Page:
Questions, comments and concerns that followed:

1. Helping Hands Hawaii -- Chair Au thanked Payton for his informative presentation and voiced his pleasure in knowing that Helping Hands Hawaii is involved in helping house homeless with the Pathways placement.

2. Donations -- Mollring noted that shortly she will have a lot of donations for MHK and its clients. Shubert-Kwock added that people traveling should gather up the travel items given at hotels and take to Pauahi Hale, so that individuals may have hygiene products to use while using the facilities. Payton added that if anyone has donations to please call him and he can try to arrange someone to pick up the donations. Payton added that when sending people to housing they often have nothing and any donation to help set them up on the right path is appreciated.

Honolulu Authority for Rapid Transportation (HART) -- Pat Lee reported the following:

• Compliance -- Many handicapped and physically challenged people depend on public transportation because they cannot drive themselves. There have been several questions asked about accommodations for passengers with disabilities using the train. Honolulu's rail system will be fully compliant with the Americans with Disabilities Act (ADA) which is federal law.

• Accessibility -- Each station will provide an unobstructed, accessible route from TheHandi-Van drop off area, through the gates and station concourse to the boarding platforms for passengers in wheelchairs, those using walkers or have other disabilities. There will be texture changes on flooring to assist the handicapped and visually impaired.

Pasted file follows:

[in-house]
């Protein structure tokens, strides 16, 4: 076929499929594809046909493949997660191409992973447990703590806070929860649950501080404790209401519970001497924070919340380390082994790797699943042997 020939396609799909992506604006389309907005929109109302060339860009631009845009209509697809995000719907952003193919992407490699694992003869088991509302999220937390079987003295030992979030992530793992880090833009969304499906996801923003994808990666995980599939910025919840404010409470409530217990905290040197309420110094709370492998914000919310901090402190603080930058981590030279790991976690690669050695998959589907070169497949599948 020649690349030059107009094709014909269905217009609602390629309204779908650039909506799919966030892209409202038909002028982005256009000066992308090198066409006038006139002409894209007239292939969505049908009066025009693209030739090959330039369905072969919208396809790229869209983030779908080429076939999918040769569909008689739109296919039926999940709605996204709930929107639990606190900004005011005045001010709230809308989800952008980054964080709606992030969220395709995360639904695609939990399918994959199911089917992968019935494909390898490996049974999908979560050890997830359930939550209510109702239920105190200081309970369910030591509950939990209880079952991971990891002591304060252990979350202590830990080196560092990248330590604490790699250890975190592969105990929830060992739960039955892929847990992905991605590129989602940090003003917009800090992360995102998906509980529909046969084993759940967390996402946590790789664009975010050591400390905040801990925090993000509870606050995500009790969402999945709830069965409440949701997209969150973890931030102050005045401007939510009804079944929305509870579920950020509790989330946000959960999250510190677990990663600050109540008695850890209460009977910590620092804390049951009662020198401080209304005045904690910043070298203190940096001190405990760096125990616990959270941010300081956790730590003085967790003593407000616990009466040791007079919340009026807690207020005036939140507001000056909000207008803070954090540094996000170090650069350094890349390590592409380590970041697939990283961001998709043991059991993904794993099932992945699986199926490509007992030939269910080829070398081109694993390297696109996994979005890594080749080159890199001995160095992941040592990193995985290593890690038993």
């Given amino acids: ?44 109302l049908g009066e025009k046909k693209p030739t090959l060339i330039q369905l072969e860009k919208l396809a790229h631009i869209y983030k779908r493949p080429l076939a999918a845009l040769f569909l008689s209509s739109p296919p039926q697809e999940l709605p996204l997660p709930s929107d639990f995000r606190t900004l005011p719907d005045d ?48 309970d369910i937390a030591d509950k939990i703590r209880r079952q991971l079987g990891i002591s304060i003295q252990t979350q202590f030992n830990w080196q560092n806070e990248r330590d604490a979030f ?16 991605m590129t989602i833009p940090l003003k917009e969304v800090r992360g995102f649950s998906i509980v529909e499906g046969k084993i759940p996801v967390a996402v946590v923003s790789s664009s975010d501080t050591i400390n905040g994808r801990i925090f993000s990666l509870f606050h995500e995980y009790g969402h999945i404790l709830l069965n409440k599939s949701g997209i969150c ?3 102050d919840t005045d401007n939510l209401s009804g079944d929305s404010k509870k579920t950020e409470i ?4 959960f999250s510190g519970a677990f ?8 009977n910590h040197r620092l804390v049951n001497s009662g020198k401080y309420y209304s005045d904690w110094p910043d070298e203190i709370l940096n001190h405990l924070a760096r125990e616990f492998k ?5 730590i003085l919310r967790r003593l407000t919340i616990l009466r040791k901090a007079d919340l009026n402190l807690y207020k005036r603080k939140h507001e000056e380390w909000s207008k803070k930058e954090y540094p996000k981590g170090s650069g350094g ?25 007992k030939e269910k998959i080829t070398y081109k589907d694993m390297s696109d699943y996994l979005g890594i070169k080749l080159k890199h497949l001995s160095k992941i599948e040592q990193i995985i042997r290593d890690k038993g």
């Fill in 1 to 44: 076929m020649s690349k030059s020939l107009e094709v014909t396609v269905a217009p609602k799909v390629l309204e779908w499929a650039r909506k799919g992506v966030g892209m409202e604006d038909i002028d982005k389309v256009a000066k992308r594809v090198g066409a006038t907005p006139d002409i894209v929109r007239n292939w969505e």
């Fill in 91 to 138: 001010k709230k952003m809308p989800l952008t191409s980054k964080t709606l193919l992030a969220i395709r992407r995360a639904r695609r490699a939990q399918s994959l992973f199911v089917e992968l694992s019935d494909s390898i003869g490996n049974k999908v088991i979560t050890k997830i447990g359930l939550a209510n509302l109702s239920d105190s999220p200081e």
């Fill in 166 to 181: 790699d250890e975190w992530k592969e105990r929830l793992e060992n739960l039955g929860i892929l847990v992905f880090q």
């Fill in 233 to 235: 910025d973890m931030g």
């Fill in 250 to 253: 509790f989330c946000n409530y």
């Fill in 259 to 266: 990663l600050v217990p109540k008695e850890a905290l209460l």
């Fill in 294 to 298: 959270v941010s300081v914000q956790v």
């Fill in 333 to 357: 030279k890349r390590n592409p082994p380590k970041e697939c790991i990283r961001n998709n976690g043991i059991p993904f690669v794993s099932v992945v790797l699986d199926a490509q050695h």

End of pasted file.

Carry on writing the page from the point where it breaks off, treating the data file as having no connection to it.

• Vending Machines -- Each station entrance will provide ADA compliant ticket vending machines, fare gate entries, information maps and passenger assistance telephones. The ticket vending machines will have audio assistance and be at wheelchair height.

• Phones -- Emergency phones will be ADA compliant, with braille labelling, and two (2) way communication.

• Elevators -- Access to the boarding platforms will be via hospital grade elevators, six (6) feet by nine (9) feet which can hold 25 to 30 passengers. Most stations will have two (2) elevators. The elevators will be glass walled for security and visibility.

• Restrooms -- Restrooms will be ADA compliant. Boarding platforms will have a textured warning track at the platform screen safety gates.

• Seating -- There will be designated wheelchair and priority seating for the handicapped on each train, as well as audio announcements, braille labelling at call boxes and signage.

• Project Status -- Regarding the current project status, HART and the City and County of Honolulu are seeking an extension of the half percent general excise tax (GET) surcharge from the State Legislature to obtain more funds to complete the 20-mile, 21 station rail project as planned. The current budget only has enough funds to build the first three (3) legs of the rail line, from East Kapolei to Middle Street. An extension of the GET is needed to finish the full project as planned, which would include the "City Center" segment from Middle Street to Ala Moana, including all of the stations in Kalihi, Chinatown, Downtown as well as the guideway and stations through Kakaako to Ala Moana Center.